LPS teachers help pilot TLTE Practice Fellows program

Eckerson and Staples-Farmer named Practice Fellows.
L-R, Janet Eckerson and Sarah Staples-Farmer have been named Practice Fellows in the Department of Teaching, Learning and Teacher Education.

LPS teachers help pilot TLTE Practice Fellows program

11 Jan 2018    

New classes were not the only thing that started up this week at the University of Nebraska-Lincoln. The Department of Teaching, Learning and Teacher Education (TLTE) began piloting its new Practice Fellows program. The idea of practice fellows is to find excellent K-12 educators with advanced credentials who bring their practice expertise to campus. The initial fellows are Lincoln Public Schools (LPS) educators Janet Eckerson (Lincoln High School) and Sarah Staples-Farmer (Lincoln East High School), who will continue to be K-12 teachers as they also serve the university.

According to TLTE professor Ted Hamann, who helped design the Practice Fellows program, engaging practicing K-12 teachers with students preparing to teach is a key virtue. “Research universities like Nebraska want good researchers on their faculty, and both Janet and Sarah are good researchers, but, for a teacher education program, we also want our students, who are current and future teachers, to learn from those who are serving now in schools, who are high-level practitioners,” said Hamann. “Moreover, we don’t want these practitioners to just be adjuncts who come and go from the department with little interaction with the rest of us. We want the experience to be something that is helpful to the fellow, that helps them continue to develop professionally and to bring something more back to their regular job.”

The intent is for fellows to serve one to three years, to teach two TLTE classes a year, and to have their engagement be a resource for their main job as public school teachers.

 “There are a lot of ways we could use Fellows,” noted TLTE Department Chair Larry Scharmann. “We could offer special classes that build on the specific expertise of fellows, like Sarah’s expertise on schooling and adjudicated youth or Janet’s expertise with teaching heritage learners—students who know a language from home or family but have never studied it at school. We could also have them bring fresh, authentic, current perspectives to some of our courses. Wouldn’t it be great to have an elementary teacher who is expert at using technology in her classroom in developmentally appropriate ways share that expertise and resulting student reactions with some of our preservice teachers?”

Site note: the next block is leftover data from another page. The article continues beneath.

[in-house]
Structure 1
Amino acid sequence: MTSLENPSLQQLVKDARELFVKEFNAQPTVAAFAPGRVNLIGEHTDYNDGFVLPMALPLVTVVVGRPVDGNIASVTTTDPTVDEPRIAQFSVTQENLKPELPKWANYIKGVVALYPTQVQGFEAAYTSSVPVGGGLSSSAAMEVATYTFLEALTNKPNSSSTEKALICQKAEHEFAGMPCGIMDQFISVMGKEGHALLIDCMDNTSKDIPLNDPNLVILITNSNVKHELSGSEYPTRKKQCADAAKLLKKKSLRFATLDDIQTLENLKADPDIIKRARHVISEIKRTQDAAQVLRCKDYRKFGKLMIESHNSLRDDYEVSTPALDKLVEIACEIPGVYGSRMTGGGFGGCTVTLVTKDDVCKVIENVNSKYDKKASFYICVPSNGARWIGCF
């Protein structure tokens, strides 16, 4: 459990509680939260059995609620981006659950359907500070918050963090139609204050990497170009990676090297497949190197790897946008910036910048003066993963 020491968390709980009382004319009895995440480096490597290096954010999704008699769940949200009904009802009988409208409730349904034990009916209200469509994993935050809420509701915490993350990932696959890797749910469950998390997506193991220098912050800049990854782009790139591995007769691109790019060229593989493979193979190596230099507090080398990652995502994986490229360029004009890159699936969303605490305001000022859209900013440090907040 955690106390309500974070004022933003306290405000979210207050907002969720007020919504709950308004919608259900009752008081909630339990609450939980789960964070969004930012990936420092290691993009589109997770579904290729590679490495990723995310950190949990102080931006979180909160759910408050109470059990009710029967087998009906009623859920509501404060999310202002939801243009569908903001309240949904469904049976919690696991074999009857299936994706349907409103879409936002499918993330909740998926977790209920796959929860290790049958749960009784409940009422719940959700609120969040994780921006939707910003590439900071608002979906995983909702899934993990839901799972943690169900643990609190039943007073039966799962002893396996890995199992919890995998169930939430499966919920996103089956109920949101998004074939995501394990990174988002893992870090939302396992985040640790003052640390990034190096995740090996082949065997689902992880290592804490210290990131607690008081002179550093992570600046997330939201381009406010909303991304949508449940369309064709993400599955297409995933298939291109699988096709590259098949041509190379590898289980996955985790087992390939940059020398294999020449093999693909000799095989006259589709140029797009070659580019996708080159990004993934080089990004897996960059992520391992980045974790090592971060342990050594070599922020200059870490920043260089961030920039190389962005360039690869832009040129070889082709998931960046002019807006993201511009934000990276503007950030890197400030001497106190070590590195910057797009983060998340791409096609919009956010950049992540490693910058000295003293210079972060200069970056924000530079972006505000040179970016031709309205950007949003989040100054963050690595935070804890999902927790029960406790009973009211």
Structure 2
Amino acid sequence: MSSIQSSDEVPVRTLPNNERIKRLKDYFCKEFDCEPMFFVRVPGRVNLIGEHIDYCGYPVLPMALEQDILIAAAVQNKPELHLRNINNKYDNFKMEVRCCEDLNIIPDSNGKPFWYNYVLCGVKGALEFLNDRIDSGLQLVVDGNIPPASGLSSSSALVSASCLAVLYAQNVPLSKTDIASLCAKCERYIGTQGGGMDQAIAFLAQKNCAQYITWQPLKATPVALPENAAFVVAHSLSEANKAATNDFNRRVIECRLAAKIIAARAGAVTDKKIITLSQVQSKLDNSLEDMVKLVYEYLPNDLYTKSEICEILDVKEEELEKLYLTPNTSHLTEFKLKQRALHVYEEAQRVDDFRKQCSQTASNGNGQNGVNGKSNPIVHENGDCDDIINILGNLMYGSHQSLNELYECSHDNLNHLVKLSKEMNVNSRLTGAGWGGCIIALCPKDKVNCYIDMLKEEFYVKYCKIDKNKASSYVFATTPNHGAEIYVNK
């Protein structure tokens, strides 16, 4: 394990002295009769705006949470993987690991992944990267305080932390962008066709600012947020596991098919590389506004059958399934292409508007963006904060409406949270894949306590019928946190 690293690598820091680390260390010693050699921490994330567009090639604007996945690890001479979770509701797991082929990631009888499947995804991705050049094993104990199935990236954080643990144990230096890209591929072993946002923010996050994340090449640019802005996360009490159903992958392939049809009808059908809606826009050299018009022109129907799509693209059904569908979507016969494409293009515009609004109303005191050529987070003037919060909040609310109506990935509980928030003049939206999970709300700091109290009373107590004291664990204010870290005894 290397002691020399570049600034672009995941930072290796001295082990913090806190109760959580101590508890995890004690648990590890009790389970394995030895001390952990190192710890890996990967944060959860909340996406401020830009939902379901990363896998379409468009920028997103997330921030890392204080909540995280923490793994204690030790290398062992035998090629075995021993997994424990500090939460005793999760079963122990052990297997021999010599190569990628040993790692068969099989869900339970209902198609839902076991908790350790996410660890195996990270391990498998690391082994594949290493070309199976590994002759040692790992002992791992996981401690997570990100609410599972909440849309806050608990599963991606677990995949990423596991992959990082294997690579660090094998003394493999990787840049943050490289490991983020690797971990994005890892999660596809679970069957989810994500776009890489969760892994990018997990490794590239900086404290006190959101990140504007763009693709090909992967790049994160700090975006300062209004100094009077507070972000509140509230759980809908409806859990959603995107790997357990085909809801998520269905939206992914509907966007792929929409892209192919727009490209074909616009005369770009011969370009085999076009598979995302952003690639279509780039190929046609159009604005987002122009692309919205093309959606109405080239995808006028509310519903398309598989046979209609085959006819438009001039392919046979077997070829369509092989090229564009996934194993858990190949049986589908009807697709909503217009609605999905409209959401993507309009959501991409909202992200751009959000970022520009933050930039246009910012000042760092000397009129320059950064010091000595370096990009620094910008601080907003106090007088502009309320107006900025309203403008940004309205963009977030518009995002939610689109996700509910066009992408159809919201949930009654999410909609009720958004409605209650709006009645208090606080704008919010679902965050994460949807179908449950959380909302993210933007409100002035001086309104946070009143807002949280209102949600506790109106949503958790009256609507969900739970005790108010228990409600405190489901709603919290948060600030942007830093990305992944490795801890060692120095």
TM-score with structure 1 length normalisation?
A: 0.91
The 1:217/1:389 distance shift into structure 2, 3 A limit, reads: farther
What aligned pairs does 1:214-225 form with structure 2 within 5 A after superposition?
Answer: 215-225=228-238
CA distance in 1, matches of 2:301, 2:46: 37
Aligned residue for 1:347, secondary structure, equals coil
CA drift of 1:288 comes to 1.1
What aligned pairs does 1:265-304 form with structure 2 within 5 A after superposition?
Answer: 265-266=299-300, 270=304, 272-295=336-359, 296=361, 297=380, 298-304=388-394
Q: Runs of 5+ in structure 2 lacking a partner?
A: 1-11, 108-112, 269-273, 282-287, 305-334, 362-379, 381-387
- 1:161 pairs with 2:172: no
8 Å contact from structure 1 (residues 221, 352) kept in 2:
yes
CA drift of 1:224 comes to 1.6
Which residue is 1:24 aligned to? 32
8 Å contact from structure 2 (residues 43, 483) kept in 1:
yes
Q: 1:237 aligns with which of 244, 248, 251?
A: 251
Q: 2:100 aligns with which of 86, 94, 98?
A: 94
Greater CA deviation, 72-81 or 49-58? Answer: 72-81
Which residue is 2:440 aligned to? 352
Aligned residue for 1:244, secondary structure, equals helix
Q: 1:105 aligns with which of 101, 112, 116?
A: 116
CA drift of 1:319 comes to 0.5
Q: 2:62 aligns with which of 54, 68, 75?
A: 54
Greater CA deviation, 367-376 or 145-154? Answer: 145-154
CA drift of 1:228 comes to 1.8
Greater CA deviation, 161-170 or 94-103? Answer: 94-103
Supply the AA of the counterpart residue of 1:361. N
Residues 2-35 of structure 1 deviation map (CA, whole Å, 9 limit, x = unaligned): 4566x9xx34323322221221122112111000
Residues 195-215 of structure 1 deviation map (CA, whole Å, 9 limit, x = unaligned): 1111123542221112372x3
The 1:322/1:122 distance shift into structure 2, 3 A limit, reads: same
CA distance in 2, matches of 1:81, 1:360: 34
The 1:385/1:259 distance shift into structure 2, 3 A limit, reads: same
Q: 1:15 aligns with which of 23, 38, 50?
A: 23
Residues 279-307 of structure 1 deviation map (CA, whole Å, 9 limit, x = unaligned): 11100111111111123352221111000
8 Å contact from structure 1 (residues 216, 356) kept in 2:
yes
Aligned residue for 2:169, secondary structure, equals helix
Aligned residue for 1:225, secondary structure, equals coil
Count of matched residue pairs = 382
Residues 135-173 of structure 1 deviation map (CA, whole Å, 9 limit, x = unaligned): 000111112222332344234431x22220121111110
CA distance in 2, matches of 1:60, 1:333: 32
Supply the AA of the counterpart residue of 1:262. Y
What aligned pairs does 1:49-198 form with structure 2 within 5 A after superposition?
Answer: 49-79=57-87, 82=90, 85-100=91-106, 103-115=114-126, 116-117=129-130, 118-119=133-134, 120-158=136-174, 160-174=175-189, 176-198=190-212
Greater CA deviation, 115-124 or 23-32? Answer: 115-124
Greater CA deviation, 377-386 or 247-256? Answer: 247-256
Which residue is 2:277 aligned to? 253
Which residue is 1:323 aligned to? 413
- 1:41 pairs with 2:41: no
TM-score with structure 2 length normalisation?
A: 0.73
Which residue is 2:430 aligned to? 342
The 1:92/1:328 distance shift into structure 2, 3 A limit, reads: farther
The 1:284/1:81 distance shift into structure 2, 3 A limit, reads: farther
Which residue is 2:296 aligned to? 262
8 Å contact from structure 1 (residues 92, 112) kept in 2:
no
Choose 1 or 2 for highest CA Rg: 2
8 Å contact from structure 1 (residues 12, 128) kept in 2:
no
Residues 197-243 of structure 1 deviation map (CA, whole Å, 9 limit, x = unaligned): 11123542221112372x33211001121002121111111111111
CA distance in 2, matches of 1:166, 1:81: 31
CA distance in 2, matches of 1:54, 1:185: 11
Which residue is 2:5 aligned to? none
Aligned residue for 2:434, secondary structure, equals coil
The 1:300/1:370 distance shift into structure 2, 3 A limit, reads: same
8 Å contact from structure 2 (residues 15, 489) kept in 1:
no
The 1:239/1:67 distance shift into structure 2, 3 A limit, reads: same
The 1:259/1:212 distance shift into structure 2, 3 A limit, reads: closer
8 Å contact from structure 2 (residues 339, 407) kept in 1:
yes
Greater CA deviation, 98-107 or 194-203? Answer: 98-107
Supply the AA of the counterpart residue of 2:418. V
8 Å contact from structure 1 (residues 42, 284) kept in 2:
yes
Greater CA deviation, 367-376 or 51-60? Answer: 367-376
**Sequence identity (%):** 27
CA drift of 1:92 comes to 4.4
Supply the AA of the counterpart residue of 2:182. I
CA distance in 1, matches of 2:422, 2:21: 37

Ali Moeller, TLTE’s Edith S. Greer Distinguished Professor explains that Eckerson’s role in the spring semester will be to share her experience and expertise with online graduate students who are currently K-12 educators.

“We are very excited to welcome Dr. Eckerson to the GOLDEN (Global on Line Distance Education Network) team,” said Moeller. “GOLDEN is an award winning online master’s degree program that allows language educators across the U.S. to pursue professional learning while full time educators. Janet is an outstanding full-time Spanish educator in Lincoln Public Schools. She will serve as our first practice fellow, a doctorate credentialed practitioner who brings with her the rich experience of K-12, as she teaches ‘Reading and Listening in the Spanish Classroom,’ a graduate course that allows K-12 Spanish language educators to experience first-hand, research-informed teaching practices that they can immediately integrate into their language classroom.”

Staples-Farmer, who has taught at Norris High School, Lincoln East, and at local private and community colleges, will lead an English language arts methods class for preservice teachers at Nebraska.

“She is an experienced teacher and English educator whose foci include writing instruction, literature, and dual-credit education,” said TLTE professor Loukia Sarroub. “Her leadership in bridging students’ high school and college lives is unique and offers some interesting leadership opportunities for better understanding the literacy practices of youth, as they make the transition from high school to post-secondary institutions.”

With an eye on fine-tuning and trouble-shooting the new role, both Eckerson and Staples-Farmer were invited to help pilot the new Practice Fellow role, but in the future the goal is to have an open and competitive solicitation for two or three new fellows each year who would have three-year terms that begin in January. Fellows would teach two courses a year, interact with TLTE faculty, and receive a $1,500 professional development stipend, in addition to compensation for their teaching. When the program is fully operating, there would be six to eight fellows at a time, some starting, some in the middle, and some at the end of their terms.

“We don’t want to pull excellent teachers out of the classroom where they are needed,” said Scharmann, “but we want the wisdom of these expert teachers to be an asset for our programs. As the Fellows help us, we help them hone their skills and, we hope, bring recognition to their home schools and districts.”

College of Education and Human Sciences
Teaching, Learning & Teacher Education